Subscribe to our newsletter and don't miss a thing ;)
Digital customer relationships require digital maturity. Being “digital” is not just about marketing initiatives, one-off social media campaign or big data project. It is about using technology to develop a more interactive and relevant customer experience, and a more responsive and internally-aligned organisation for the long haul. Therefore, for any digital strategy to be successful, it has to be deeply embedded in the organisation’s overarching strategy and across departments.
Many organisations across sectors are facing a confusing mix of options and challenges around digital enablement. Many just don’t exactly know what it means by being “digital” and how to fully grasp its potential.
What digital impact really is
While almost every organisation has launched some digital initiatives, very few can claim to be digitally mature. Digital abilities require embedding such strategy in an organisation’s structure, governance, incentives, policies and practices. The right way to capture the broader picture of digital impact is to look at it from a combined perspective of customers, business and organisation.
Better, more timely digital experience
The most visible digital initiatives revolve around abilities to provide better and more timely services to customers. Ironically, technology often stands in the way of delivering the promised expectations, let alone exceeding them. Technology should work in the background as an enabler, especially when services are being pushed through multiple devices and channels. At their best, digital capabilities provide a high touch and context-rich experience that can be scaled up from customer to enterprise levels.
Use feedback from digital engagements
Digital engagement – say, through social media – can create a community around consumers as well as initiate and monitor conversations with them. Most organisations don’t manage to integrate or make the best use of social media, due to challenges around the ownership of customers, channels, governance, KPIs and ROI. A truly digital organisation has the agility and internal support to tailor or even enhance services based on feedback from those engagements.
Digitally empower customers
In many sectors, digital abilities help customers feel more empowered by and in control of the services from their providers. In the healthcare sector, for instance, patients can better understand their medication and health indicators on their mobile apps. Doctors and health centres can remotely monitor patients’ compliance to treatments. Utilities, telecommunication and content services let customers monitor the services and make payments themselves.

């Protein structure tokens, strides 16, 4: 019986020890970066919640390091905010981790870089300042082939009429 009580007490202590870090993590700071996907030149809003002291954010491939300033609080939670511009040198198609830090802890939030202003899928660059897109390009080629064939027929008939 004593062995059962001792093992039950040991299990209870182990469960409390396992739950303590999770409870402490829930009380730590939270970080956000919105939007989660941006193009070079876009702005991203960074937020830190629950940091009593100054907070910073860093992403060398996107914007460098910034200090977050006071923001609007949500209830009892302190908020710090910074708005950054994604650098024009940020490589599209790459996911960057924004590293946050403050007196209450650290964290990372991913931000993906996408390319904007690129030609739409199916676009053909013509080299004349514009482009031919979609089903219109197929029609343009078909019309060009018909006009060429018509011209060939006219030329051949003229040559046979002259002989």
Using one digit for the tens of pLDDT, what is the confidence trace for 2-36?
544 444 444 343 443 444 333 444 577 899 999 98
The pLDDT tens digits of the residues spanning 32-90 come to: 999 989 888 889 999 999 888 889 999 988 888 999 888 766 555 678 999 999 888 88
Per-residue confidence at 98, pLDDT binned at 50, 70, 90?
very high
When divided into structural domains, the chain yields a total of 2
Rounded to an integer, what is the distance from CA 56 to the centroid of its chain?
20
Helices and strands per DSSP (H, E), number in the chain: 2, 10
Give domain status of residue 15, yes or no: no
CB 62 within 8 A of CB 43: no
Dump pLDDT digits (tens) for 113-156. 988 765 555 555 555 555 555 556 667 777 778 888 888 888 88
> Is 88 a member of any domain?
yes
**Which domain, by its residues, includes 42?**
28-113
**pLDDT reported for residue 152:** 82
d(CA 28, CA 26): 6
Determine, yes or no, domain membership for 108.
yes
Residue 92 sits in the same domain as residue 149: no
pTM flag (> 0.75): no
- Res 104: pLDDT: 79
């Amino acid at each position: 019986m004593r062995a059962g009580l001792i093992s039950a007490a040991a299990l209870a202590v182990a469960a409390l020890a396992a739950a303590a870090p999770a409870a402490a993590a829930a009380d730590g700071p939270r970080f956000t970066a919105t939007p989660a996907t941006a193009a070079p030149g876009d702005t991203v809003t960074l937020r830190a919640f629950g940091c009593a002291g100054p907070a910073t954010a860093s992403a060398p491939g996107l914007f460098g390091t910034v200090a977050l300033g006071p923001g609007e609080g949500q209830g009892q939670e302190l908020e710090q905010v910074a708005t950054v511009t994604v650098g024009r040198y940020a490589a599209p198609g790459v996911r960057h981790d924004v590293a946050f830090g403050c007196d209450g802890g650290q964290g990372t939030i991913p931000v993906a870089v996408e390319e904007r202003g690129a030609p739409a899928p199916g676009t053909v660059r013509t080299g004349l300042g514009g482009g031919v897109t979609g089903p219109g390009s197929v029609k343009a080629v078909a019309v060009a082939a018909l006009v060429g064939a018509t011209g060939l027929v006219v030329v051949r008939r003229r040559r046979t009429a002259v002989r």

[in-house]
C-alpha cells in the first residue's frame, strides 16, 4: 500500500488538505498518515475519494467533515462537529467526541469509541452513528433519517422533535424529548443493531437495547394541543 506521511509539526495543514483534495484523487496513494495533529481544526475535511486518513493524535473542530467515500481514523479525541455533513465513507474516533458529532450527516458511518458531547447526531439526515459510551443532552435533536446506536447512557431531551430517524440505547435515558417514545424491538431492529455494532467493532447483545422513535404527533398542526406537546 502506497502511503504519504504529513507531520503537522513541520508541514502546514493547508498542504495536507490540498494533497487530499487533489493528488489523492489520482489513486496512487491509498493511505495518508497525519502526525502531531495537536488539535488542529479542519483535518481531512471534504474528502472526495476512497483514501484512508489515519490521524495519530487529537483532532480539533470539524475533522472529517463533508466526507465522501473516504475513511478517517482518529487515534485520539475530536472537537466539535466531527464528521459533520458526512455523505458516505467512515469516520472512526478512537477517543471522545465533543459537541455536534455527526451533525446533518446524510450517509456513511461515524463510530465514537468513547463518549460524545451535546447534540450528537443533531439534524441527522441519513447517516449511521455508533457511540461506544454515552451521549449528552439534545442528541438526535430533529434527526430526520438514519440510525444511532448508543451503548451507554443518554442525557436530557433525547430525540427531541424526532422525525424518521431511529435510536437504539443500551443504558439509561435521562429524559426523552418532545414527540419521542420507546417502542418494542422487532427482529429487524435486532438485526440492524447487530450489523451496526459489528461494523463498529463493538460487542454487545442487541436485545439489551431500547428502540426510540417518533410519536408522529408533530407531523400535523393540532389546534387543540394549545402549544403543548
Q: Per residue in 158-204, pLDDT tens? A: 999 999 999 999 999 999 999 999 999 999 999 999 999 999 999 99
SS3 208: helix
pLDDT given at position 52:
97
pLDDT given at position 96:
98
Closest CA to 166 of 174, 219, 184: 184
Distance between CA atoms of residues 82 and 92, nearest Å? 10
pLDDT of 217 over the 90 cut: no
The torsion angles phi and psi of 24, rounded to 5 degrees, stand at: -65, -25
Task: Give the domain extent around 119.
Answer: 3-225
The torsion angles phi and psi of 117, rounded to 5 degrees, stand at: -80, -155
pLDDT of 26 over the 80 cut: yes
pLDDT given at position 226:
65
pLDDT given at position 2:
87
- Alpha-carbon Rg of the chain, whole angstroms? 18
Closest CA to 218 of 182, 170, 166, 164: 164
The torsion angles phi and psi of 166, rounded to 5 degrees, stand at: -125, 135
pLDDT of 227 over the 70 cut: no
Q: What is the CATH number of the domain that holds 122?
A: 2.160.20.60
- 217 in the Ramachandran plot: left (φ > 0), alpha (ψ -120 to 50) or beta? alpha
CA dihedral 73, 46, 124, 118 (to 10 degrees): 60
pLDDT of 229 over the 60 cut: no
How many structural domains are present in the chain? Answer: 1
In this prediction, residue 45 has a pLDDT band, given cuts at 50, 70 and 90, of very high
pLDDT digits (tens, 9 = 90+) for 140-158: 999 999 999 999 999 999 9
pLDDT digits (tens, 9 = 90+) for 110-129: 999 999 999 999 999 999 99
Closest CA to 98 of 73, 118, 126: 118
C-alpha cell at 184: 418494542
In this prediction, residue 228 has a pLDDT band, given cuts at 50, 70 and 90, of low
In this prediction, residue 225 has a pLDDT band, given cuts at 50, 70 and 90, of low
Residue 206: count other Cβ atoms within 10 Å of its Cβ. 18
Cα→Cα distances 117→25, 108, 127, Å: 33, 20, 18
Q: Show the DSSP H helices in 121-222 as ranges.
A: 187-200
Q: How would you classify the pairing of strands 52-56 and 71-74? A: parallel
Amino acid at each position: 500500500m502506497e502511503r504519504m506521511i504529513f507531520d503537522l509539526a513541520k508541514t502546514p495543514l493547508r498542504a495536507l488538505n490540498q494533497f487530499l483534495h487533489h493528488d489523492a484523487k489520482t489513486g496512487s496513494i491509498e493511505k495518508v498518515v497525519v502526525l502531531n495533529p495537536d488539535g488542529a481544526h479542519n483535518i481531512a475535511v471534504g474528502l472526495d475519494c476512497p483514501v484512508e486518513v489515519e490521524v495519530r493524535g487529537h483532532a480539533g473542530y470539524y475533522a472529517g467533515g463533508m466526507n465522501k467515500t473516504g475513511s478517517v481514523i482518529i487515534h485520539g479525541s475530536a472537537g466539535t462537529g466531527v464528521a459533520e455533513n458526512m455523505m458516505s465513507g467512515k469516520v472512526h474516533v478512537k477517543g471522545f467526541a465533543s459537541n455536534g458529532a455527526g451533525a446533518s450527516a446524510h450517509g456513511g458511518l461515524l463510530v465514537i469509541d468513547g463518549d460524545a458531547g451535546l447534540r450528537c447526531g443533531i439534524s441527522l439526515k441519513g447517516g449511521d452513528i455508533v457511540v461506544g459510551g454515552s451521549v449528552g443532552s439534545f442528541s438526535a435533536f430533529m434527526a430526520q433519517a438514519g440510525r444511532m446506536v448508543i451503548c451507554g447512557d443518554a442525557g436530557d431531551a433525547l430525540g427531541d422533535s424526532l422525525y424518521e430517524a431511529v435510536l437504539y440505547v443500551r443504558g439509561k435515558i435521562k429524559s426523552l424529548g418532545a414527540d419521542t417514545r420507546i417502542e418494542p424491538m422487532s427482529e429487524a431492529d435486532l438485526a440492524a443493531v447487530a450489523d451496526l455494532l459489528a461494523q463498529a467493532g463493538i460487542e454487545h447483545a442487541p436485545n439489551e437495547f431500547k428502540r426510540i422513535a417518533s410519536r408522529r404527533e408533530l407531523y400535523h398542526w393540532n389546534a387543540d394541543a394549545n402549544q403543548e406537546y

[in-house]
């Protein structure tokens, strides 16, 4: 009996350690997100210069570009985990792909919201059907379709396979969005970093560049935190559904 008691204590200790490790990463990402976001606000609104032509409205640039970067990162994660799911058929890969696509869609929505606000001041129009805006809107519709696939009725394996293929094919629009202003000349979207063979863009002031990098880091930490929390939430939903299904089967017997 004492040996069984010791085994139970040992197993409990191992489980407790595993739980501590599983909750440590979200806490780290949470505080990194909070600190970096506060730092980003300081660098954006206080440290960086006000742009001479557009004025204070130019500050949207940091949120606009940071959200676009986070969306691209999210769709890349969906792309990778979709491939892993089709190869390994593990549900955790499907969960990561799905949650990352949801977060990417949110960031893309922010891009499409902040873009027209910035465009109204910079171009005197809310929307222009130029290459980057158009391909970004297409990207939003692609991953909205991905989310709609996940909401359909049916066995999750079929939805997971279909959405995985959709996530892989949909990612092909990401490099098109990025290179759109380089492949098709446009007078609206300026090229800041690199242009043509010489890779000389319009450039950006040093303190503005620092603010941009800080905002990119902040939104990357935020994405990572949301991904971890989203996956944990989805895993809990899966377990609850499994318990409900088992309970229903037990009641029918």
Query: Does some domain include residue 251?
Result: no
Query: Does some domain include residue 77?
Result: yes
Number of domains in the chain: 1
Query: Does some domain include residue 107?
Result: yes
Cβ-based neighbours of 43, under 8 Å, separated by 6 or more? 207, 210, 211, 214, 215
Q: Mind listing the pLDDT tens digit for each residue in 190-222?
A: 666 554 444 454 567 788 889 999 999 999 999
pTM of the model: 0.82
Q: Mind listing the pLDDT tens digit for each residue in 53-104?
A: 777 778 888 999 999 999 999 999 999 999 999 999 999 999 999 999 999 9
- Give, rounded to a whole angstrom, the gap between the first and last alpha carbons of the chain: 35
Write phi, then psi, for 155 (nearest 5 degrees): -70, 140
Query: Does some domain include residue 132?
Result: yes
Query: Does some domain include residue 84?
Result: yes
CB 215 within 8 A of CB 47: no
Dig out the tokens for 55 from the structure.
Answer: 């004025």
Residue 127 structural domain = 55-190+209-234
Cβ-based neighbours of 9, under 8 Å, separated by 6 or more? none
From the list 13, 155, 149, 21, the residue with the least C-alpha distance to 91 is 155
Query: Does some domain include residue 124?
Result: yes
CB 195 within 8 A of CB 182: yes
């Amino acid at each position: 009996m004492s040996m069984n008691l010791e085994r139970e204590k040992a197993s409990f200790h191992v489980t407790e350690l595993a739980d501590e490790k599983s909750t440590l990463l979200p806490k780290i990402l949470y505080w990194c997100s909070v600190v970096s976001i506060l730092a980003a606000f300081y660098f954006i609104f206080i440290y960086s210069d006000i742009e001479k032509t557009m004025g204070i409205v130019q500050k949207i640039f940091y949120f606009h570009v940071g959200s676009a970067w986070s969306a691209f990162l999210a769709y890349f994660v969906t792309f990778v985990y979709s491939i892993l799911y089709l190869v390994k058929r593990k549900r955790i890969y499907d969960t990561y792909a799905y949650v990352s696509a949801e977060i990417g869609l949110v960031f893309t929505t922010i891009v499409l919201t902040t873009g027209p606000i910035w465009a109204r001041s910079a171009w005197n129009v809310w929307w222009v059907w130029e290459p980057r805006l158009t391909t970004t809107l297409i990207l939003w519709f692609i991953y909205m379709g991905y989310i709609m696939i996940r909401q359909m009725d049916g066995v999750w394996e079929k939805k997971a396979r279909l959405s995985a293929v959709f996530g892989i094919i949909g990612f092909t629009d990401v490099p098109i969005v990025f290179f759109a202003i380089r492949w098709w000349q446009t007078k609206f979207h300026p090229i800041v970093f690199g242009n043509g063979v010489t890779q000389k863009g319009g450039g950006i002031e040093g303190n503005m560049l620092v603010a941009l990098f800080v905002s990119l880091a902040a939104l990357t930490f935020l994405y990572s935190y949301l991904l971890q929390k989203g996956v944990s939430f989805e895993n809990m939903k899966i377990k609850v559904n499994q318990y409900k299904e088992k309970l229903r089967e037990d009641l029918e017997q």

Digital customers – business – organisation
The first of three pillars of digital maturity is empowering customers with digital tools and services that enhance their experience. Customers are more in control of when, how and where they use the services. The second pillar is for a digital business to have a limited physical presence and to work with customers and suppliers in digital manner. Thirdly, a digital organisation digitises processes and invests heavily in systems that improve cycle times, reduce cost and improve quality.
Enable mass customisation digitally
Advanced analytical capabilities can significantly improve operations such as real-time pricing, customising promotions and offerings. However, big data and powerful analytics don’t automatically translate into a sophisticated digital customer relationship. Organisations can offer a relevant experience using digital services, by applying data insights to understand needs across the customer lifecycle. This level of mass customisation is not economically viable for an analogue business.
Today there are more than 10 billion things connected to the internet – by 2020, that number will grow to 50 billion
More dynamic and networked organisation
Digital abilities enable organisations to become more dynamic and networked, rather than linear and process-driven. Digital processes enable real-time information sharing and decision-making, with feedback from end-customers embedded across the organisation. An integrated, cross-functional digital strategy is much more than ERP/CRM implementation; it enables active knowledge-sharing, and promotes collaboration and increases cross-silo visibility.
Live up to full potential
In order to realise the full potential of digital abilities, firstly, organisations need to differentiate one-off digital interactions from digital customer relationship that should be fully integrated in an organisation’s overarching objectives and capabilities. This involves designing services and experience around the customer lifecycle, with digital enablement at its core.
Digital abilities help customers feel more empowered and in control of services.
Agility, internal support, clear strategy and goals make a business truly digital.
Digitally-enabled organisations are dynamic and networked, not linear or process-driven.